The mission of the Elizabeth Murray Art Wall, named in honor of Elizabeth Murray (1940-2007), an extraordinarily gifted American artist who helped found the Bowery Poetry Club in 2002 with Bob Holman and was the creator of its art wall, is to sponsor curated exhibitions of both established and emerging artists, with an emphasize on emerging. This focus is dedicated to the spirit of Elizabeth who was a lifelong advocate for artists, especially those who were underknown and undervalued. Located in the Bowery Poetry Club, which is not a conventional gallery space, the audiences for the exhibitions will include not only visual arts lovers but also the diverse audiences for the Club. Exhibitions for the EMAW will be cross-disciplinary and often collaborative, based for the most part on the interaction between image and language in ways that are site-specific, innovative, improvisational and stimulating. The Visual Arts Committee of BAS oversees the Elizabeth Murray Art Wall.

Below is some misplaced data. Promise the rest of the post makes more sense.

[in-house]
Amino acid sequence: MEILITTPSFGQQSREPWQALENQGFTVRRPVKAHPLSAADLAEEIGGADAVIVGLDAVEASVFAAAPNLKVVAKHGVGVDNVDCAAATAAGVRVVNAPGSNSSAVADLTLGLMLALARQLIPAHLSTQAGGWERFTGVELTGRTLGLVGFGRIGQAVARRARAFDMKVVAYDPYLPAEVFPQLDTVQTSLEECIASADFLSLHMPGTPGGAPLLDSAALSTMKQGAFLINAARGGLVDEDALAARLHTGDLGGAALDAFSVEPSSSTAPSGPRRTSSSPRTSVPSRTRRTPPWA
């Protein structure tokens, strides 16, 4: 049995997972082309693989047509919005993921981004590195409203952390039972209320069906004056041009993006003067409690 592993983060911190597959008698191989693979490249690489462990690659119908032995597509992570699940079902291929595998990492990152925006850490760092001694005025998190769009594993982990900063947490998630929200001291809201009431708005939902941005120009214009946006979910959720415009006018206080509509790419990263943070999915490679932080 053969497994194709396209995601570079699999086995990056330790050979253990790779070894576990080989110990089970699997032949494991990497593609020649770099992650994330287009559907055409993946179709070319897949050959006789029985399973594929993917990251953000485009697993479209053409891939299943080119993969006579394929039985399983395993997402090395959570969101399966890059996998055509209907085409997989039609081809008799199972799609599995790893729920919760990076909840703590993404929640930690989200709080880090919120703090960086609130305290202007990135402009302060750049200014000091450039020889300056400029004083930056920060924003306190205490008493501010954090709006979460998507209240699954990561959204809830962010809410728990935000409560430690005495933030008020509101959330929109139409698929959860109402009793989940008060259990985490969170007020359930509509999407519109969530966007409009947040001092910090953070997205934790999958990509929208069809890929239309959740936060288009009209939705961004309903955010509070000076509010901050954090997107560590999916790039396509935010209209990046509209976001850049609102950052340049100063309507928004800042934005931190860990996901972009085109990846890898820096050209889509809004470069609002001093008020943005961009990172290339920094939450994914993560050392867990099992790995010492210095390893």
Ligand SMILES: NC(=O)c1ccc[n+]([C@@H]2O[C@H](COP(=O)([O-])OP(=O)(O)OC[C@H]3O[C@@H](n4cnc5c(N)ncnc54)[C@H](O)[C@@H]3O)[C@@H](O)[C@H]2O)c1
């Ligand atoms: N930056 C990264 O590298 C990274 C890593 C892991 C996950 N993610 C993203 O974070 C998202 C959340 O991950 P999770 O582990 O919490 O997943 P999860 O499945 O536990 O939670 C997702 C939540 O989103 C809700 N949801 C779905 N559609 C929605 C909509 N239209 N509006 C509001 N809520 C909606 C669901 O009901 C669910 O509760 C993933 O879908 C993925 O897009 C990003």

News Flash: Raphael Rubinstein names our Amy Sillman & Charles Bernstein to his Top Ten List of 2011!
EJ Hauser & Mónica de la Torre
May 2nd, 2012
Please join us for an evening of text, image, music, and a chance to discover where your missing light receptors are.
For the Elizabeth Murray Art Wall project, EJ Hauser and Mónica de la Torre have collaborated to create BLIND SPOT. EJ Hauser constructed a simple optical exercise in neon that can reveal one’s blind spot. Other images may or may not appear. Mónica de la Torre provided the conceptual springboard for the project.
I introduced EJ Hauser and Mónica de la Torre by email. After one studio visit their collaboration continued online. Their conversation is integral to the work. In it, the word “blind spot keeps coming and eventually becomes their central image.